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Our Sunday Visitor marks 100th anniversary with Mass, rededication
Catholic News Service photo
Archbishop John Noll, the founder of Our Sunday Visitor newspaper, is pictured in a combination photo with the first issue of the paper, May 5, 1912. OSV published a 128-page anniversary issue, spread out over four 32-page sections, with most pages havin g a reproduction of a front page from each year of the weekly newspaper's 100 years of publication.
Catholic News Service photo
Archbishop John Noll, the founder of Our Sunday Visitor newspaper, is pictured in a combination photo with the first issue of the paper, May 5, 1912. OSV published a 128-page anniversary issue, spread out over four 32-page sections, with most pages havin g a reproduction of a front page from each year of the weekly newspaper's 100 years of publication.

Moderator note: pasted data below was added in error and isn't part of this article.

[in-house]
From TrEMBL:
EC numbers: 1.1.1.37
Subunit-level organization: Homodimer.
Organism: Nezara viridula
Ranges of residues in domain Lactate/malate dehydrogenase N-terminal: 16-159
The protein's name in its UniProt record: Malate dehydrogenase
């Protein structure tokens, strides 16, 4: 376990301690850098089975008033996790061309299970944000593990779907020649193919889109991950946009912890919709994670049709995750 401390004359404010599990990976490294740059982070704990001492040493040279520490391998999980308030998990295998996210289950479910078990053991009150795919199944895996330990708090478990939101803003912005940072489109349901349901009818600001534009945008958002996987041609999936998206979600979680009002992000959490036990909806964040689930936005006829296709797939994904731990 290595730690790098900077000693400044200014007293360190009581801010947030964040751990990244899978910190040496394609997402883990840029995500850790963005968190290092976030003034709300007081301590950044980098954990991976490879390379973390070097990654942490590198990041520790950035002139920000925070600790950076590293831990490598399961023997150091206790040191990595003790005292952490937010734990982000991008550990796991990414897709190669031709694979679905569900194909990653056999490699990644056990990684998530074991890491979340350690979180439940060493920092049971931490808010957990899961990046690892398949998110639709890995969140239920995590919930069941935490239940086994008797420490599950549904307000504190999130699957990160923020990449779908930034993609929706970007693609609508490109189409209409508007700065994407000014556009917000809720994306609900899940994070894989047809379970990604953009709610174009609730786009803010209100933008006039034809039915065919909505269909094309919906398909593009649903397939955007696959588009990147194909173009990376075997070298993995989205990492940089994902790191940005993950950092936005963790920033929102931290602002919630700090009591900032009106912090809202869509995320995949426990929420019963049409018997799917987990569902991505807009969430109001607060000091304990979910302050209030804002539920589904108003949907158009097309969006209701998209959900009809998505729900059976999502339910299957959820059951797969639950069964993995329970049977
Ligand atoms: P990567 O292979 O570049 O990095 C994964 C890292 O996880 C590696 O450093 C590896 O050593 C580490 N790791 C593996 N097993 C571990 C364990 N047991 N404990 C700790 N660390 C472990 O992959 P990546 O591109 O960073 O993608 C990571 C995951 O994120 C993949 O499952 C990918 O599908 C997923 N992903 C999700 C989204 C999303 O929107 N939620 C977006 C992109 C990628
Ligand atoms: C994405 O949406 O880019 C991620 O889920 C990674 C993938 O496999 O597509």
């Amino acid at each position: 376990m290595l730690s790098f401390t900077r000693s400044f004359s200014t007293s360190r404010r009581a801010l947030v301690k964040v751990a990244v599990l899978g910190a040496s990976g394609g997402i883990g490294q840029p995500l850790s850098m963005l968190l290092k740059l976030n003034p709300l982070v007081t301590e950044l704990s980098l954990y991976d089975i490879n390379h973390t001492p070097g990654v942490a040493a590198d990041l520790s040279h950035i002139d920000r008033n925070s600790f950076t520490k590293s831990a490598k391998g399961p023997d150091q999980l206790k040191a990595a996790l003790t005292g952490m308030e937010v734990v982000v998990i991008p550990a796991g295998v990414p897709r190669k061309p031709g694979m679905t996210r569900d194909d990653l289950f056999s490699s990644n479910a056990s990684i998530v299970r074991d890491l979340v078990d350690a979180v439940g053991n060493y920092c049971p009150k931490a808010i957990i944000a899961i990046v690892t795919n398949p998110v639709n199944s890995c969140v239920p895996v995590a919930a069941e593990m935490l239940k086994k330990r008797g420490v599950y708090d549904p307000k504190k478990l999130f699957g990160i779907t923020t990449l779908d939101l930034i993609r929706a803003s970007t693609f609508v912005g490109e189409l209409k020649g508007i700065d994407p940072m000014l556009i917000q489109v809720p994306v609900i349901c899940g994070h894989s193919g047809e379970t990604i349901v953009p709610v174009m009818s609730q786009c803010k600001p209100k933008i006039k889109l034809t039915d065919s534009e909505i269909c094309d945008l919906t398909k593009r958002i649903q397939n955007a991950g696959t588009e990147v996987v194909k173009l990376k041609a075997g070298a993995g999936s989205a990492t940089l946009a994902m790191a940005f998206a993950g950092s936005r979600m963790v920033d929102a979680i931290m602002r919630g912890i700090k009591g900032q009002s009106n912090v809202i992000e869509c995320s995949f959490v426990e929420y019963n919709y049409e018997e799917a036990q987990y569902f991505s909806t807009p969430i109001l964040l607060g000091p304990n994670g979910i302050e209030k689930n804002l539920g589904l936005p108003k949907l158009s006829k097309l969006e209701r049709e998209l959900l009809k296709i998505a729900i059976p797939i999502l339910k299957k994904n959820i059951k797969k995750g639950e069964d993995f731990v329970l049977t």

Catholic News Service


FORT WAYNE, Ind. — Our Sunday Visitor's centennial celebration is an opportunity to give thanks "as a company serving the church for 100 years" and to "rededicate ourselves" to the Catholic Church's mission, said the president and publisher on the Huntington-based operation.

Greg Erlandson said Our Sunday Visitor continues to carry out the vision of its founder, Archbishop John Noll.

"That is to help form Catholics in their faith, to inform them about the events in the world as seen through the eyes of the faith, and finally defend the church when necessary," he told Today's Catholic, newspaper of the Diocese of Fort Wayne-South Bend.